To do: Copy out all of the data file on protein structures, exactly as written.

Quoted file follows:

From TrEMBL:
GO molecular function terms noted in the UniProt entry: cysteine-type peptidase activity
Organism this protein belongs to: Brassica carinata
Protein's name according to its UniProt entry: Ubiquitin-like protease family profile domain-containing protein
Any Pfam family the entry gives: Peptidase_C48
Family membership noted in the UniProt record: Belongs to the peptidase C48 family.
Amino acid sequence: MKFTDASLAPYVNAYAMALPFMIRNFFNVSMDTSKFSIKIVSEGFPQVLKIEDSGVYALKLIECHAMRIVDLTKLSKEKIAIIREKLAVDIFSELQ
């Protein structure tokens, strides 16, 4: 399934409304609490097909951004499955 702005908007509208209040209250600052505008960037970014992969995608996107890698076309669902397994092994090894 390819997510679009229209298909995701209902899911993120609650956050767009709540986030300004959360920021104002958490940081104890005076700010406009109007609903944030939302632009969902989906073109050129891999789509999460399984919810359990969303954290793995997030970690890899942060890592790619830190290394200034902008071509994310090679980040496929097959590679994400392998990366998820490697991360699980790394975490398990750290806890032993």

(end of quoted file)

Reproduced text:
From TrEMBL:
GO molecular function terms noted in the UniProt entry: cysteine-type peptidase activity
Organism this protein belongs to: Brassica carinata
Protein's name according to its UniProt entry: Ubiquitin-like protease family profile domain-containing protein
Any Pfam family the entry gives: Peptidase_C48
Family membership noted in the UniProt record: Belongs to the peptidase C48 family.
Amino acid sequence: MKFTDASLAPYVNAYAMALPFMIRNFFNVSMDTSKFSIKIVSEGFPQVLKIEDSGVYALKLIECHAMRIVDLTKLSKEKIAIIREKLAVDIFSELQ
């Protein structure tokens, strides 16, 4: 399934409304609490097909951004499955 702005908007509208209040209250600052505008960037970014992969995608996107890698076309669902397994092994090894 390819997510679009229209298909995701209902899911993120609650956050767009709540986030300004959360920021104002958490940081104890005076700010406009109007609903944030939302632009969902989906073109050129891999789509999460399984919810359990969303954290793995997030970690890899942060890592790619830190290394200034902008071509994310090679980040496929097959590679994400392998990366998820490697991360699980790394975490398990750290806890032993």